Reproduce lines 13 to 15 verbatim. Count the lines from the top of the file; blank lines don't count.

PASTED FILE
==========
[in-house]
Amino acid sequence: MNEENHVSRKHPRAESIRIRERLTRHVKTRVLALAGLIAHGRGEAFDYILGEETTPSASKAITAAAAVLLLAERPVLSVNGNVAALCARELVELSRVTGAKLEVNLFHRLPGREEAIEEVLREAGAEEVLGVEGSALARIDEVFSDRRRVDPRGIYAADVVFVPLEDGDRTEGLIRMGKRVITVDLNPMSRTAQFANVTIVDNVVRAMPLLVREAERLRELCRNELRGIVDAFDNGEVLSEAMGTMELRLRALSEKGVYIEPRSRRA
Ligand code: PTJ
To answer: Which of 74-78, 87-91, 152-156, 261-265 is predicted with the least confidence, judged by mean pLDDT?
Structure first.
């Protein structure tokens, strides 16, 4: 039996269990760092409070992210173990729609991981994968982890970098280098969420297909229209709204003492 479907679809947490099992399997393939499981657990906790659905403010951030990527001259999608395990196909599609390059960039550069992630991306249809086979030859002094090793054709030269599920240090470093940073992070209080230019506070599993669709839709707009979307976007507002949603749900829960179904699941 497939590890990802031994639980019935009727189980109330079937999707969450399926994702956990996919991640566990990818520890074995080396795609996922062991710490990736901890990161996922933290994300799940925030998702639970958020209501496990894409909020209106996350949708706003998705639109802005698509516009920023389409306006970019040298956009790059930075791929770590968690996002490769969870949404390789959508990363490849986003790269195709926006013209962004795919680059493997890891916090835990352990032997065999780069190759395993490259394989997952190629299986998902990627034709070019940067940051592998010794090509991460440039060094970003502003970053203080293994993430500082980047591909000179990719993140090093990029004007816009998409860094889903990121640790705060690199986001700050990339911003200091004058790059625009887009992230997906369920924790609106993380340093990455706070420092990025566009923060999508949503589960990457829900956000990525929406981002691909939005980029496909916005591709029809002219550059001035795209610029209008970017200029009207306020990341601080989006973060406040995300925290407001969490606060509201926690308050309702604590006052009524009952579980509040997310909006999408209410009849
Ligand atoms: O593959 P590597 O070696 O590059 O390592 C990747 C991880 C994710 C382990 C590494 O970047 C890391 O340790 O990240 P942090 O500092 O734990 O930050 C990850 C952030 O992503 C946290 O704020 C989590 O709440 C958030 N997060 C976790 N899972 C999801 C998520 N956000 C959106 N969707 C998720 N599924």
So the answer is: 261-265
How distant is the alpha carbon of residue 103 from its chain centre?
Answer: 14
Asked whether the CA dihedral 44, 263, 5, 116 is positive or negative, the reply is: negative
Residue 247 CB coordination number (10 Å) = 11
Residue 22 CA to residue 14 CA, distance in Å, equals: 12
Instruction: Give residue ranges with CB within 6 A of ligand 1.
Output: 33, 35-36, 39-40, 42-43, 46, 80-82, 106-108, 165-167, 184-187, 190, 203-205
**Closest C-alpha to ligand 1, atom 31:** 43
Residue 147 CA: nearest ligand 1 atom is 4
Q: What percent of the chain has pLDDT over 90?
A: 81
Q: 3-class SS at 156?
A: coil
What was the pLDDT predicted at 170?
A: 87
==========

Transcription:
Residue 22 CA to residue 14 CA, distance in Å, equals: 12
Instruction: Give residue ranges with CB within 6 A of ligand 1.
Output: 33, 35-36, 39-40, 42-43, 46, 80-82, 106-108, 165-167, 184-187, 190, 203-205